The Minimal Alien

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Joan Alice Gabriel is a fashion icon at the University of Windsor. Though that may read as a hyperbolic statement to those who have not spent time on the campus, I assure you that Joan's style is truly emblematic of decades gone by.

However, Joan is not uncritical vis-à-vis her own devotion to vintage clothing. She is a self-professed hoarder. "I used to dress strictly in 50s and 60s dresses," she tells me. "I cringe now at the thought but it helped me develop an eye for picking out vintage." She now dresses a bit more 70s but will never shy away from a 60s mod dress.  

Before I even knew who Joan was, I wanted to see what she was wearing. Without trashing athleisure too much in this interview, I will say that Joan's outfits were a breath of fresh of air in Dillon Hall, where I sat beside her in Sixteenth Century Non-Dramatic Literature.

Joan is presently finishing her degree in Creative Writing and English Literature (with a double minor in Women's Studies and History). "I can give unwanted lectures about post-modernist poetry while intoxicated more than I'd like to admit," she laughs. She journals nearly every day. Her dream is to publish a collection of poetry and a bionovel of sorts on Sylvia Plath. A lot of new information has been released on Plath and Ted Hughes in recent years, so she would love to analyze it at the graduate level.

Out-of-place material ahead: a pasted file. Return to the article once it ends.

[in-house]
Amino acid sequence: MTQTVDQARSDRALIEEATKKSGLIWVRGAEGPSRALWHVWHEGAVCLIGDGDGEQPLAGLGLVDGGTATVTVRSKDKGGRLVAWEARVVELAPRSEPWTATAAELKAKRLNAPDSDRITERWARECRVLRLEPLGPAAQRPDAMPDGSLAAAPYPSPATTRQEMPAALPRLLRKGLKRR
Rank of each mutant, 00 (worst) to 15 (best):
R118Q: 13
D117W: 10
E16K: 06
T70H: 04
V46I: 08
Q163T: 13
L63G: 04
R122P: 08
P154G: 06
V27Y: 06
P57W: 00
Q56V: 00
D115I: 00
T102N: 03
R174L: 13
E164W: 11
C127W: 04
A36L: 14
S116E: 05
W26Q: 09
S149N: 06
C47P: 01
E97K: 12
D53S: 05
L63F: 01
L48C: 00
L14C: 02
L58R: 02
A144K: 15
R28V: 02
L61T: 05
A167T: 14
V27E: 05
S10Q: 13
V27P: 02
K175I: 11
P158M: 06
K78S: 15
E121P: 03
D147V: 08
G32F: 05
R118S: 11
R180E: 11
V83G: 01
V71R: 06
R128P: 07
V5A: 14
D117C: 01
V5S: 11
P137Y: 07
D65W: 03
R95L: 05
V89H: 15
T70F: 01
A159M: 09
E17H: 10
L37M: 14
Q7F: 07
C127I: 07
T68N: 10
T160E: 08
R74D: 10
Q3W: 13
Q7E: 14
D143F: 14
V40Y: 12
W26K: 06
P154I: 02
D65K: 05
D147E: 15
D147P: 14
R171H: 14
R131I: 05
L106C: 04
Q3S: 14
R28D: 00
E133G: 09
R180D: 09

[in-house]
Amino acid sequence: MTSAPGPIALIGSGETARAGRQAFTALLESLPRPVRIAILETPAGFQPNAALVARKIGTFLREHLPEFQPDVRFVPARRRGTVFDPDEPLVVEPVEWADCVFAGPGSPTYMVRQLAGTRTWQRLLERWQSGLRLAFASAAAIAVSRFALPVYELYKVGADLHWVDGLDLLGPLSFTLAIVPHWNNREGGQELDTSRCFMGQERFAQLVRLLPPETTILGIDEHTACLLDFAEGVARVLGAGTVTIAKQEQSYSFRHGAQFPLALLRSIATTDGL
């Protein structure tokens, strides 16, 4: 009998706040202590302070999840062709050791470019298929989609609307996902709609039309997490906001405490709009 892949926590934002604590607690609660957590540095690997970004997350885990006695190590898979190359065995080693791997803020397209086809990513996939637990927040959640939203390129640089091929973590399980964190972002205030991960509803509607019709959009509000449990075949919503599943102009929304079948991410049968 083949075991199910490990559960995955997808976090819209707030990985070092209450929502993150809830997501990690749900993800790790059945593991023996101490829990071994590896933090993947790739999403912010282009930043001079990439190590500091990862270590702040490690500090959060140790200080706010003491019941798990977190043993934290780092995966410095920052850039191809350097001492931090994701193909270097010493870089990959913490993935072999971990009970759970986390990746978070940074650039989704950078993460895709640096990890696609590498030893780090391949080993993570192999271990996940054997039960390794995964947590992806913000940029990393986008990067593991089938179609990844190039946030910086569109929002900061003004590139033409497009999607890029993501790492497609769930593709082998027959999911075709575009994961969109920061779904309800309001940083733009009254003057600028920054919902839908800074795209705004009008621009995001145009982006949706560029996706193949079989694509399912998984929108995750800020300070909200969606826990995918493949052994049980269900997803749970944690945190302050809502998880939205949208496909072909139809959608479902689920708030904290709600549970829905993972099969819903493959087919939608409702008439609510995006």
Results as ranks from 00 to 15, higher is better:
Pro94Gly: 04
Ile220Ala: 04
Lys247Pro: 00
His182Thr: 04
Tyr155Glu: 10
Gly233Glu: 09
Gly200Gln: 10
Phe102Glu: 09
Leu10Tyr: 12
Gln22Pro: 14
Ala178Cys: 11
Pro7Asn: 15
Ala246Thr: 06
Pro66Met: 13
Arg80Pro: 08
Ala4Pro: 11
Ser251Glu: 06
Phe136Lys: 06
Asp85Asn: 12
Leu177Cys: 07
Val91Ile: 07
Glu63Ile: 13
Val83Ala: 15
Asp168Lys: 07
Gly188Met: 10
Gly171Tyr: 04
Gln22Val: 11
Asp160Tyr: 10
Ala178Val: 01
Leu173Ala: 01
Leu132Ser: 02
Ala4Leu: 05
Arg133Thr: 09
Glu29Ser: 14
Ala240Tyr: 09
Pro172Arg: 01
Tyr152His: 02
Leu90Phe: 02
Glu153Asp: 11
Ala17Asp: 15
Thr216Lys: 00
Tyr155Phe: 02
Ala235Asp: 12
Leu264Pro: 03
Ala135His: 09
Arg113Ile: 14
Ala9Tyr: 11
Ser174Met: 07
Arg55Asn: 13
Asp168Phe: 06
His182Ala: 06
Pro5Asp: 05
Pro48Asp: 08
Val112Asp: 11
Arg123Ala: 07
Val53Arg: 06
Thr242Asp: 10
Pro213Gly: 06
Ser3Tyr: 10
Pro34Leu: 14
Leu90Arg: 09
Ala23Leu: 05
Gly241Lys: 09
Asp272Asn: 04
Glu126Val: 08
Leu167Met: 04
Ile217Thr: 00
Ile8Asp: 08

When she's not working in retail at H&M at Devonshire, she spends her days with her cats, reading, or in the dusty rows of thrift stores. A Windsor café queen, she is particularly fond of the Green Bean. "That vegan rice and bean wrap is A+," she asserts. She also praises the Ottawa Street area for its cheap breakfast and cool bookshops.

I ask Joan what makes her think too hard, and she reveals she has OCD "in an actual medical way, so, everything." She can be very obsessive over words in particular and needs to spell them out multiple times once they get in her head. When I ask her what she wants people to know about Obsessive Compulsive Disorder, she replies, "I just don't want people to question it." She occasionally needs to be reminded not to "try to control everything, but it's never out of a bad place,” just her brain telling her if the chairs are out of place her cats will get hurt or if the dishes are left out she will get an airborne illness.

Keep reading to discover the other information I have gathered on the charming 23 year old native of Brockville.

RS: What are the best things to do in your hometown?